“At this point, the only way to restore weekend service on the Kingston and Greenbush Lines would be to reduce service on other lines that attract more customers,” he said. “We don’t feel that is a prudent way to manage a railroad.”
Ridership data provided by the MBTA for fiscal year 2011, before the service was eliminated, shows ridership was lowest on the Needham, Greenbush, and Kingston/Plymouth lines on Saturdays, even when higher 2009 numbers were used for the latter two in order to compensate for the tie replacement project. Greenbush and Kingston/Plymouth were also the lowest on Sundays, when Needham did not have service.
The average number of Sunday passengers per trip on the Kingston/Plymouth line was 69; on the Greenbush, it was just 55.
Saturday service was eliminated to Needham in 2012. Two other lines also lack weekend service: the short Fairmount line, which terminates in southwestern Boston, and the Stoughton branch of the Providence/Stoughton line.
State Senator Robert Hedlund, Republican of Weymouth, said he finds himself in a difficult position as someone who opposed reopening the Greenbush line for financial reasons but who understands the desire for the service among some local residents. The selectmen in Cohasset, in his district, have asked him to support it, he said.
He and some other members of the local delegation support restoring weekend service to Greenbush on a trial basis, so service would only continue if ridership justifies it.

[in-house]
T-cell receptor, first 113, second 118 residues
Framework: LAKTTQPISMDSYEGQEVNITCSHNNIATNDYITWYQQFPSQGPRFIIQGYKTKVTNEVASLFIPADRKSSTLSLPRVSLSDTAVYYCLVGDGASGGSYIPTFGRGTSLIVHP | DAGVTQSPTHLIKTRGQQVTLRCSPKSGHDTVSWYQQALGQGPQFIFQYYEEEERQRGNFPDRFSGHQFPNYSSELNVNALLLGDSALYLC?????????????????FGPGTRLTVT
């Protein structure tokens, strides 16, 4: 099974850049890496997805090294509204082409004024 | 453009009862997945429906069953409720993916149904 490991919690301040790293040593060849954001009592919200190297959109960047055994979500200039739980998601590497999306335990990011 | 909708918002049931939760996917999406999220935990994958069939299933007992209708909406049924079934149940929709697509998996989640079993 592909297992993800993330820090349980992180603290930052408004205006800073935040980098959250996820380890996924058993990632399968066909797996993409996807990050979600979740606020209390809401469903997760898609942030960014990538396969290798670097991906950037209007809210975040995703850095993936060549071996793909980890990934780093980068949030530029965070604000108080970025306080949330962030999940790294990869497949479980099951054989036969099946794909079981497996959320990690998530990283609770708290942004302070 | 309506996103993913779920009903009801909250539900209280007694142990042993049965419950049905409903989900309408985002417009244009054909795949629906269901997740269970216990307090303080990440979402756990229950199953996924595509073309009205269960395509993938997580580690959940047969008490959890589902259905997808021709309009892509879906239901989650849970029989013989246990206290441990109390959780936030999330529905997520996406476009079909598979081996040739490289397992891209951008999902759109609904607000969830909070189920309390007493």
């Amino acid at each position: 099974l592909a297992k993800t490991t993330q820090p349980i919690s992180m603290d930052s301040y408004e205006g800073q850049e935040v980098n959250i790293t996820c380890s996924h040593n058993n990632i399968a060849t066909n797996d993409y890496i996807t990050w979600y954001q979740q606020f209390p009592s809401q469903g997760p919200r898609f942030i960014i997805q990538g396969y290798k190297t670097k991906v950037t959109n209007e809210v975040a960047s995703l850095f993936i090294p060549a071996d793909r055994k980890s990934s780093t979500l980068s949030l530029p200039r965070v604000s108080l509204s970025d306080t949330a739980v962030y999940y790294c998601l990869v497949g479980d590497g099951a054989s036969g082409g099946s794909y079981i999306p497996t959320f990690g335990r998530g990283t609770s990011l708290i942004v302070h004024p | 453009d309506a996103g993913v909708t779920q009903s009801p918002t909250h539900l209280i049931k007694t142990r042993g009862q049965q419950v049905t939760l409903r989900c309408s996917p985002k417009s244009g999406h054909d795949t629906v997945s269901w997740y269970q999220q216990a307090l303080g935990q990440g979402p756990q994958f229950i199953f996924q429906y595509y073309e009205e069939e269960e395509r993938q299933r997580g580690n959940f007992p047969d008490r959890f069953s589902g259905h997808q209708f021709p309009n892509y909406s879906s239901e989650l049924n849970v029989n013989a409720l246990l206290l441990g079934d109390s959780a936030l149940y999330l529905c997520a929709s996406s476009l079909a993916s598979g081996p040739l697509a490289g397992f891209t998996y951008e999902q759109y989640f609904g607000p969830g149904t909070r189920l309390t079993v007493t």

“If they’re asking for it, then they need to use it, or it’s not going to last long,” he said.
State Representative James Cantwell, Democrat of Marshfield, said he has spoken with the Greater Attleboro Taunton Regional Transit Authority, a bus service that already operates its GATRA buses in Marshfield, about a route that would funnel people to Greenbush Station in Scituate.
Two town administrators, Marshfield’s Rocco Longo and Kingston’s Robert Fennessy, confirmed that they had sent letters to DOT to support weekend and holiday service. In his letter, Fennessy said the cessation of trains has affected many Kingston residents, and that the region offers a “vibrant market” for the service.
Edward Perry, owner of South Shore radio station WATD-FM, has offered to provide free radio advertising to promote weekend service. Business owners want to see the trains run, he said.
Perry, Prone, and others said the commuter rail should offer a later train, to allow people who attend a show or sporting event in Boston to ride home. That could increase ridership, they said.
“Get us a train where we can go in there and see a ballgame without leaving in the seventh inning,” Prone said.
In addition, Plymouth’s tourism draw — it already gets about a million visitors a year, he said — offers a reverse market. Instead of chiefly serving suburban riders going into the city, the line could bring urbanites to Plymouth for weekend getaways.
“It’s every railroad manager’s dream to have a statistic like that,” he said.
But not every local resident hopes for weekend and holiday trains. Michael Weymouth, of Hingham, has publicly opposed bringing back weekend service on the Greenbush line, saying it costs too much per rider. The line should never have been built through historic towns, he said in an interview, even though he does not live near the train.
“It’s a taxpayer thing,” he said. “I’m just somebody that hates to see waste.”